I'm a huge fan of Miss Manners. If you've ever read anything about etiquette, after a while you learn that there's really no big secret about how to behave in this world. Etiquette is actually quite simple. It's all the Golden Rule, which I really, really favor as a way of living life: Do unto others as you would have them do unto you. Simple, really, eh?
So, for example, if you would not like it if someone were to cut you off at the mount/dismount line as you're heading out of T1, then perhaps you shouldn't do it yourself.
Similarly, I am a firm, firm believer in the power of good karma and the need at all costs to avoid bad juju. Put good into the world, get good back. Put bad into the world, well, do so at your own peril. It's easier to be good.
An example: At the recent Sea Otter Classic bicycle races, as my dear friend Kathy Matejka and I were watching the circuit race, the announcers told the crowd that, by the way, someone had apparently stolen Ned Overend's bike that morning.
That's right, Ned Overend. Perhaps it was, they hoped aloud, just a simple misunderstanding. Kathy and I looked at each other. I shook my head and said, "Bad juju. Very, very bad juju." She said, "That's a broken collarbone waiting to happen." Don't be a fool. Play nice.
I thought I'd offer up my own list of ways to ensure that you have a nice day at the races:
1. Play by the rules. If you're not sure what the rules at USA Triathlon-sanctioned races are, you can find them here: Don't draft. Play fair. Plug your bar ends, plug your bar ends, plug your bar ends. If you don't know what a bar end is, find out and make sure it's plugged.
2. Don't litter. I was surfing through the rec.sport.triathlon newsgroup the other day and there, in the midst of a discussion about the road conditions at St. Croix, came a mention from a competitor there about how he couldn't believe how many people just threw their gel wrappers and water bottles into the jungle. Come on, people. That's just revolting behavior. Carry your trash with you.
3. Don't be a rack hog. If you get to the race early, set out your stuff neatly and don't spread out like you're having a picnic.
4. And just as thou shalt not hog rack space, is it equally rude to arrive two minutes before the race start and expect your rack-mates to shoehorn you in. Ask nicely and be patient.
5. Keep your bike in good working order and go over it before the race. Don't expect the on-site mechanics (if the race has them) to have all the answers with the portable workshop they bring with them. And be nice. I've actually seen competitors treat these mechanics rudely. Talk about bad juju.
6. No flying elbows. Yup, seen those, too. I've been on the receiving end of one, and I've seen a fair number of them handed out. The one that was most egregious, a man shoving a female competitor out of his way. Well, he got a nice penalty for unsportsmanlike conduct. You can either play nice because it's the right thing to do or play nice because you might get some time tacked onto your total. You decide.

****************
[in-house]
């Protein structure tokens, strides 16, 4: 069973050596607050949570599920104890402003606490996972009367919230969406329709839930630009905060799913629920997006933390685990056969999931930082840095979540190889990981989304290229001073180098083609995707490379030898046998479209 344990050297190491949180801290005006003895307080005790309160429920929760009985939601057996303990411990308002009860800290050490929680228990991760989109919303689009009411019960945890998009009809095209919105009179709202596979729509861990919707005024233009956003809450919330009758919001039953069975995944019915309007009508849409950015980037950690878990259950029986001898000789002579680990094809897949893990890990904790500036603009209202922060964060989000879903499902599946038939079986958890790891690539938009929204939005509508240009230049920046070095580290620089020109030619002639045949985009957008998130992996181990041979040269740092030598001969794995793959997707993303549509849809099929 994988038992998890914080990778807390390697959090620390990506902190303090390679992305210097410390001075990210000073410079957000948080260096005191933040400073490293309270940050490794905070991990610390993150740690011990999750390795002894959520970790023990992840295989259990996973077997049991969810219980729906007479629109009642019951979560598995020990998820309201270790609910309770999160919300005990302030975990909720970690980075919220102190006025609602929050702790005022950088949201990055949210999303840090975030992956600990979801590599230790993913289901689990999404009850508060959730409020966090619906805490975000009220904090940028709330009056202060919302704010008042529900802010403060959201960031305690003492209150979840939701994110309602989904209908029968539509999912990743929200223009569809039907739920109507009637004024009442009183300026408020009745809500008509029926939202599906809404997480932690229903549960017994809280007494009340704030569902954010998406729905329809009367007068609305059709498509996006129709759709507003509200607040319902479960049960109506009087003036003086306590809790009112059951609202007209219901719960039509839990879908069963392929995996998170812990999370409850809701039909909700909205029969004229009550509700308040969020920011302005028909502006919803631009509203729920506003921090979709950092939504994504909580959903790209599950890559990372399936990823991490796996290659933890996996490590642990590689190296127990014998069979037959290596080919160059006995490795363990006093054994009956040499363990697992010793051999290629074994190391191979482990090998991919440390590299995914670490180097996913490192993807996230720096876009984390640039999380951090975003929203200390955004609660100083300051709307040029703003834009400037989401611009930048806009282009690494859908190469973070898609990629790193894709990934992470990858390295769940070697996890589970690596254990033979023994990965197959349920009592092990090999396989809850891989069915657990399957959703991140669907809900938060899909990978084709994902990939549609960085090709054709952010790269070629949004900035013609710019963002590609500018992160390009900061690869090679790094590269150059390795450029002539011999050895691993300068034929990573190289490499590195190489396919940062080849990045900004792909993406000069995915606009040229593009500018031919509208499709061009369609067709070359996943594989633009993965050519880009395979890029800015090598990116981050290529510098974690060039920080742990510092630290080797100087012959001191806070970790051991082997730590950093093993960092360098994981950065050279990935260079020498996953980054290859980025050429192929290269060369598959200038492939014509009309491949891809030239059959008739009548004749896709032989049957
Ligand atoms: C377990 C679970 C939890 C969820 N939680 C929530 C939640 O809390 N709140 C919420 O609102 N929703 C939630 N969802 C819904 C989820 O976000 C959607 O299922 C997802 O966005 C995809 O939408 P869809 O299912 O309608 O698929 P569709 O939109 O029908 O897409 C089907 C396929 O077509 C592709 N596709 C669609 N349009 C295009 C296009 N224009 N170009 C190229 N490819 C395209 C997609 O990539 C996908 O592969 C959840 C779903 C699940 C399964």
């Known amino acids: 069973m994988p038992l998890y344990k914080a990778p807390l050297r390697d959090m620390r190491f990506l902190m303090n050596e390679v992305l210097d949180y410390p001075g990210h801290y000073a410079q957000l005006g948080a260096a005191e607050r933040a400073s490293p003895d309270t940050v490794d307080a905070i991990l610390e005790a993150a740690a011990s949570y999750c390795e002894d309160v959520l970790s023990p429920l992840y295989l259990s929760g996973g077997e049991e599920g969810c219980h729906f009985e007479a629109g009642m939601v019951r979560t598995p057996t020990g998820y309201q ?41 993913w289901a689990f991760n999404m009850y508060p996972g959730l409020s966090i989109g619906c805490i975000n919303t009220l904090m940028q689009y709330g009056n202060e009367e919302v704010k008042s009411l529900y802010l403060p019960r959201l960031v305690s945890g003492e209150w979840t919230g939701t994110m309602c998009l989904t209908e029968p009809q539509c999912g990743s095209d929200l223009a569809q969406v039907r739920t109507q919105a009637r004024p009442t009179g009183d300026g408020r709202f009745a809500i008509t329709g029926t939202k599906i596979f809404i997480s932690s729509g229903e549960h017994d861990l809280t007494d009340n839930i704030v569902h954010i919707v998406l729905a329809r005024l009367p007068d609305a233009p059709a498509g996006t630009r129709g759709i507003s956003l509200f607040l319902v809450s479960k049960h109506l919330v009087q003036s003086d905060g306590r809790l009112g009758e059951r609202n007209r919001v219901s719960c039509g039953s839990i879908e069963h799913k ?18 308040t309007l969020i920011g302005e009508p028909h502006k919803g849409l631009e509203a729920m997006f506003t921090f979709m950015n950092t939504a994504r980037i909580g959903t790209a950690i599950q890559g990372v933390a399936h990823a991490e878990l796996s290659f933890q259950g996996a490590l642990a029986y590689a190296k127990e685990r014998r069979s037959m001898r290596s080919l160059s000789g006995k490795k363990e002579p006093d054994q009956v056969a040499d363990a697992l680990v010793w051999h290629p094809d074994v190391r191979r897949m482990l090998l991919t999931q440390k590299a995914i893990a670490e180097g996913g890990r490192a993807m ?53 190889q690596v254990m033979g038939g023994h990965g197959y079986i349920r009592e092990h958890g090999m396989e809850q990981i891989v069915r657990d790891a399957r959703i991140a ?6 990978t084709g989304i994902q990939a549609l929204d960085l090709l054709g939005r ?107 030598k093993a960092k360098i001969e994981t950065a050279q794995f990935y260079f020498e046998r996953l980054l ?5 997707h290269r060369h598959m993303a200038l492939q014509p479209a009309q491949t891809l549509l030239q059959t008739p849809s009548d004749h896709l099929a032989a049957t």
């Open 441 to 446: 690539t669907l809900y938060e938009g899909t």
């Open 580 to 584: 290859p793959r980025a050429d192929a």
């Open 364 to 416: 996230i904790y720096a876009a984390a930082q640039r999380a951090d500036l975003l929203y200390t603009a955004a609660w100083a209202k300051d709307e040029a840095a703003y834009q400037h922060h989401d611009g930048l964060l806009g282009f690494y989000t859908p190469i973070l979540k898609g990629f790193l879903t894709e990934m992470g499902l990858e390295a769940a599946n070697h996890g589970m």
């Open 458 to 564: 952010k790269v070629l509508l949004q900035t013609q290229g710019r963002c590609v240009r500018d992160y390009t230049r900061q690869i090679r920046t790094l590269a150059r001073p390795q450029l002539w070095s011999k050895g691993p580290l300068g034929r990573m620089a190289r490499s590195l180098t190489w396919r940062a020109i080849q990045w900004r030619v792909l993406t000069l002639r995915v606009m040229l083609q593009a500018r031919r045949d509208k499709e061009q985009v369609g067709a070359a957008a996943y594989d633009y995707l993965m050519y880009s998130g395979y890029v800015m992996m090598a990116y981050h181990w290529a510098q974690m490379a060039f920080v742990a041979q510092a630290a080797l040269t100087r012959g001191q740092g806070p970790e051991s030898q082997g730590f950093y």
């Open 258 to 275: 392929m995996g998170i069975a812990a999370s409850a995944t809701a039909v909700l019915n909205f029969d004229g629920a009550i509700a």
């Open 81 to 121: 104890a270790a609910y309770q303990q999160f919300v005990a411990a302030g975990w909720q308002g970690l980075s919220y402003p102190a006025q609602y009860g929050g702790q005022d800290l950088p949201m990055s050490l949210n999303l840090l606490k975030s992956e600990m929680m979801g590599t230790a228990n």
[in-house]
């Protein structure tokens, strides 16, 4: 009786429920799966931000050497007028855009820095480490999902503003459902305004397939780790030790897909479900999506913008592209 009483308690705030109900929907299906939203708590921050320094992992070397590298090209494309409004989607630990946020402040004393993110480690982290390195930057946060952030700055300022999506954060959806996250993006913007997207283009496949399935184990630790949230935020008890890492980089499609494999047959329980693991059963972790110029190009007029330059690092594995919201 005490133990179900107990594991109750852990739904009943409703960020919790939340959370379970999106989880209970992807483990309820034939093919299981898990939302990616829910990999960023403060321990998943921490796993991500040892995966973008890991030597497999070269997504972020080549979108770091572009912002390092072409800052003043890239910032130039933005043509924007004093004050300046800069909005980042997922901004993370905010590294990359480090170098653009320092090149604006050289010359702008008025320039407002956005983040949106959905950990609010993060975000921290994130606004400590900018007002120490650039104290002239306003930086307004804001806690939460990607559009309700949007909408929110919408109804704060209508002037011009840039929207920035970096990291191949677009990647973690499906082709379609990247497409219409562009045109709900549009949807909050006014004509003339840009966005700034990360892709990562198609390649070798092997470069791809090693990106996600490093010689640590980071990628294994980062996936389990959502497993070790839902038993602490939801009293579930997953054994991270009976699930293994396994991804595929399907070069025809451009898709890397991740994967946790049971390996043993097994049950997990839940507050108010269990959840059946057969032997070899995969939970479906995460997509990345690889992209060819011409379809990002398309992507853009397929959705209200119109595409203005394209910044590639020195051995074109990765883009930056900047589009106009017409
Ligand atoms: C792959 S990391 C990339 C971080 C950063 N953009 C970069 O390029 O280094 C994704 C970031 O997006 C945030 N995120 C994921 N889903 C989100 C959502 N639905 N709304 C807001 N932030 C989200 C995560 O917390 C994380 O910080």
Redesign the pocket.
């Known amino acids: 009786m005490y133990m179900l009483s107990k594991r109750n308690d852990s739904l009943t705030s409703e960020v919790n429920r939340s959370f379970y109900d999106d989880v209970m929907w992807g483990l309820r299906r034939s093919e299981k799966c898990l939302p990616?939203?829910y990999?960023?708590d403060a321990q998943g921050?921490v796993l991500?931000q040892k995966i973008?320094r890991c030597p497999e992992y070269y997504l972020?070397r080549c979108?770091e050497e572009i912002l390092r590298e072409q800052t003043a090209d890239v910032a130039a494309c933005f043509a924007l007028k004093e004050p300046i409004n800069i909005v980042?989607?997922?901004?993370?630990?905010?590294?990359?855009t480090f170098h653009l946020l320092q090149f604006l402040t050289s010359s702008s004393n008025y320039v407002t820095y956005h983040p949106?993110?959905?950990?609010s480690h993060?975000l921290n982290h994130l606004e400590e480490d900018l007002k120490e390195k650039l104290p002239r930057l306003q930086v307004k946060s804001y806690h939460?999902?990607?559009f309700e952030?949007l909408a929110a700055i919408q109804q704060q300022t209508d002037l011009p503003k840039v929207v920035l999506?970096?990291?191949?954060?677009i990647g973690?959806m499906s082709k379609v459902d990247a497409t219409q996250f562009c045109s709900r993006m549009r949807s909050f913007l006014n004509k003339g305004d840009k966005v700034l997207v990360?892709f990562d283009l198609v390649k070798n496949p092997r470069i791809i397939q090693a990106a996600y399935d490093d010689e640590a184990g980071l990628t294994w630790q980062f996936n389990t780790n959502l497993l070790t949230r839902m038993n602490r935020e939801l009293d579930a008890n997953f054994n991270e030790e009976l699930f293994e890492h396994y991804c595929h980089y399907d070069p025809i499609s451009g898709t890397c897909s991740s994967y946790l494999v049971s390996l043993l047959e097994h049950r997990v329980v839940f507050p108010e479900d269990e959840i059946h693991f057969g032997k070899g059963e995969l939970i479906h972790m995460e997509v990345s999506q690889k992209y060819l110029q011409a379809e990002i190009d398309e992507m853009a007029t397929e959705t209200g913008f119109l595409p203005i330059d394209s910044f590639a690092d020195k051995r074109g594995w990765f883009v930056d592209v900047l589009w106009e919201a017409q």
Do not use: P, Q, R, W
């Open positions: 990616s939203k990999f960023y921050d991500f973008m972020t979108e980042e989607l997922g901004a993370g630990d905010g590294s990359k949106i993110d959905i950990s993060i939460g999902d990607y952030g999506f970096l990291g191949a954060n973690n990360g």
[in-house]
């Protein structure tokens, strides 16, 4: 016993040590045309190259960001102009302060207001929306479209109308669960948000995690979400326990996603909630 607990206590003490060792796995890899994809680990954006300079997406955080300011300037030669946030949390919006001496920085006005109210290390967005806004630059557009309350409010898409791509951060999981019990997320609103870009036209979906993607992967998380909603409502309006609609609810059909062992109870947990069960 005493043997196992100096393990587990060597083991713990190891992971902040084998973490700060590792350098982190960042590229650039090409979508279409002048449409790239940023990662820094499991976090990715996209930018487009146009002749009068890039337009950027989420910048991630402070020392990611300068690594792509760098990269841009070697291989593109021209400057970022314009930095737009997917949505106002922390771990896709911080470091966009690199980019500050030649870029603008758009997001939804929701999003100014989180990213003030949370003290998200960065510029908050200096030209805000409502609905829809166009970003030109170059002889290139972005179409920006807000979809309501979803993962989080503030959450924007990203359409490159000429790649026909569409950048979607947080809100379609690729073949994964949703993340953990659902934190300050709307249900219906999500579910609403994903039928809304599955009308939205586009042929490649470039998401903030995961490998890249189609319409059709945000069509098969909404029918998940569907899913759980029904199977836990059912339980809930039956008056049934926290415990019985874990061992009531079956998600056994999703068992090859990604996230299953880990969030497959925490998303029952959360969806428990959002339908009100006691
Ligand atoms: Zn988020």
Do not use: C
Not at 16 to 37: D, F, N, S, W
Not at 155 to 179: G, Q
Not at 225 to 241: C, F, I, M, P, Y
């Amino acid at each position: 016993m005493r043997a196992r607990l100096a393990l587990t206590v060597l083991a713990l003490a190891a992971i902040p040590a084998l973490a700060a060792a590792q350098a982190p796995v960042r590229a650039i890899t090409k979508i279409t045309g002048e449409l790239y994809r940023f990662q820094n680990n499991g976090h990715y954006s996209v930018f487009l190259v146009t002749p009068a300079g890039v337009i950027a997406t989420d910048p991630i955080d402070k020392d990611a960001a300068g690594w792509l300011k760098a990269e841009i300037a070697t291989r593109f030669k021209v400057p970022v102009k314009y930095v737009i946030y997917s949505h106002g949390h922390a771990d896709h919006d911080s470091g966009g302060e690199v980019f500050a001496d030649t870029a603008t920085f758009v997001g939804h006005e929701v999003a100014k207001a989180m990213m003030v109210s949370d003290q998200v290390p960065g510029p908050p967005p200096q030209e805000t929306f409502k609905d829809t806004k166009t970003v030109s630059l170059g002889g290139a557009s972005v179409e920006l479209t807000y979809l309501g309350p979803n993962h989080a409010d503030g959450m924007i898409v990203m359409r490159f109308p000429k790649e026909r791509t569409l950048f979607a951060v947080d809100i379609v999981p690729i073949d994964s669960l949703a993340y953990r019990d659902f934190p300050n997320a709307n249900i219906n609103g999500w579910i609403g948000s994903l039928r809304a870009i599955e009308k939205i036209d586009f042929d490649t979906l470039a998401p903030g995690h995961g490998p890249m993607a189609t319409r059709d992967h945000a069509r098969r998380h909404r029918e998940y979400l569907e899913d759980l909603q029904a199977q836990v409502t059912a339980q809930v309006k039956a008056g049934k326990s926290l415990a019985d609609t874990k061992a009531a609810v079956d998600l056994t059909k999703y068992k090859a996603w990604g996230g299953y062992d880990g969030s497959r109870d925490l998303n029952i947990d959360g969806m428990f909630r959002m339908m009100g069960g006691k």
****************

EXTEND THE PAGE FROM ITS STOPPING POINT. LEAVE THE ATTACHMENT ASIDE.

7. Be informed. Know the course. If there's a pre-race meeting: go. Even if you've been racing the course since the dawn of time. Listen. If a race director wants your attention, there's probably a good reason for it.
8. Don't hand your brain over at the transition area. You are still responsible for your own well-being. If you know the course, you'll know where potential trouble spots might be: steep descents, tight corners, surf breaks. The race director is responsible for ensuring that the course is safe and the officials are responsible for ensuring a fair race...but you are ultimately most responsible for your own safety. So compete safely and fairly.
9. Really mind your manners in the transition area. It's chaotic. Go gently, especially in T1, and most especially at the mount-dismount line. You don't want to go toppling over, and you don't want to be the reason someone else does, either. Not to mention the possibility that you can earn a penalty here for disobeying the mount/dismount orders from the volunteers.
10. If you can't say something nice, say nothing. But if you can, in the midst of your own suffering, offer some encouragement to the athlete that you just passed, or who just passed you, well...you get karma points out the wazoo.
I promise you that none of my suggestions will lose you time in the long run. And you'll gain something in the process: the satisfaction of knowing that you've been fair and whatever result you earned, you earned completely on your own. Here endeth the sermon.